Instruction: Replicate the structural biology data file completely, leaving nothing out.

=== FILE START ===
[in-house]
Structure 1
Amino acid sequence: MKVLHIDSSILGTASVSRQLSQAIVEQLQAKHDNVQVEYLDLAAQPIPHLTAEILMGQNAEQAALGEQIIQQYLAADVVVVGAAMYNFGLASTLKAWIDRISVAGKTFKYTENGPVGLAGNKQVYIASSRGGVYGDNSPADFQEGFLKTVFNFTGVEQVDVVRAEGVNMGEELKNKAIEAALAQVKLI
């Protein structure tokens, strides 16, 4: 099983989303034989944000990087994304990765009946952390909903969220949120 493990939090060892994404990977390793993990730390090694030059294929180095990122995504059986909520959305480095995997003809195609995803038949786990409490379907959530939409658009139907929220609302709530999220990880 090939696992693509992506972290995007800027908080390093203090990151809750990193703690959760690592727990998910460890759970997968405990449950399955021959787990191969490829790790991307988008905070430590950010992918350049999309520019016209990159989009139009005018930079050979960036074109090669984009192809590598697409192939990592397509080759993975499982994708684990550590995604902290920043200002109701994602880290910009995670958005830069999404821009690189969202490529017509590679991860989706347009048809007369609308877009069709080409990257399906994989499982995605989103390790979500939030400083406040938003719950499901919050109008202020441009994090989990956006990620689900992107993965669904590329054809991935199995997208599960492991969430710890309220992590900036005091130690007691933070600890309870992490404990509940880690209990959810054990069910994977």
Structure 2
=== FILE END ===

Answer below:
[in-house]
Structure 1
Amino acid sequence: MKVLHIDSSILGTASVSRQLSQAIVEQLQAKHDNVQVEYLDLAAQPIPHLTAEILMGQNAEQAALGEQIIQQYLAADVVVVGAAMYNFGLASTLKAWIDRISVAGKTFKYTENGPVGLAGNKQVYIASSRGGVYGDNSPADFQEGFLKTVFNFTGVEQVDVVRAEGVNMGEELKNKAIEAALAQVKLI
């Protein structure tokens, strides 16, 4: 099983989303034989944000990087994304990765009946952390909903969220949120 493990939090060892994404990977390793993990730390090694030059294929180095990122995504059986909520959305480095995997003809195609995803038949786990409490379907959530939409658009139907929220609302709530999220990880 090939696992693509992506972290995007800027908080390093203090990151809750990193703690959760690592727990998910460890759970997968405990449950399955021959787990191969490829790790991307988008905070430590950010992918350049999309520019016209990159989009139009005018930079050979960036074109090669984009192809590598697409192939990592397509080759993975499982994708684990550590995604902290920043200002109701994602880290910009995670958005830069999404821009690189969202490529017509590679991860989706347009048809007369609308877009069709080409990257399906994989499982995605989103390790979500939030400083406040938003719950499901919050109008202020441009994090989990956006990620689900992107993965669904590329054809991935199995997208599960492991969430710890309220992590900036005091130690007691933070600890309870992490404990509940880690209990959810054990069910994977």
Structure 2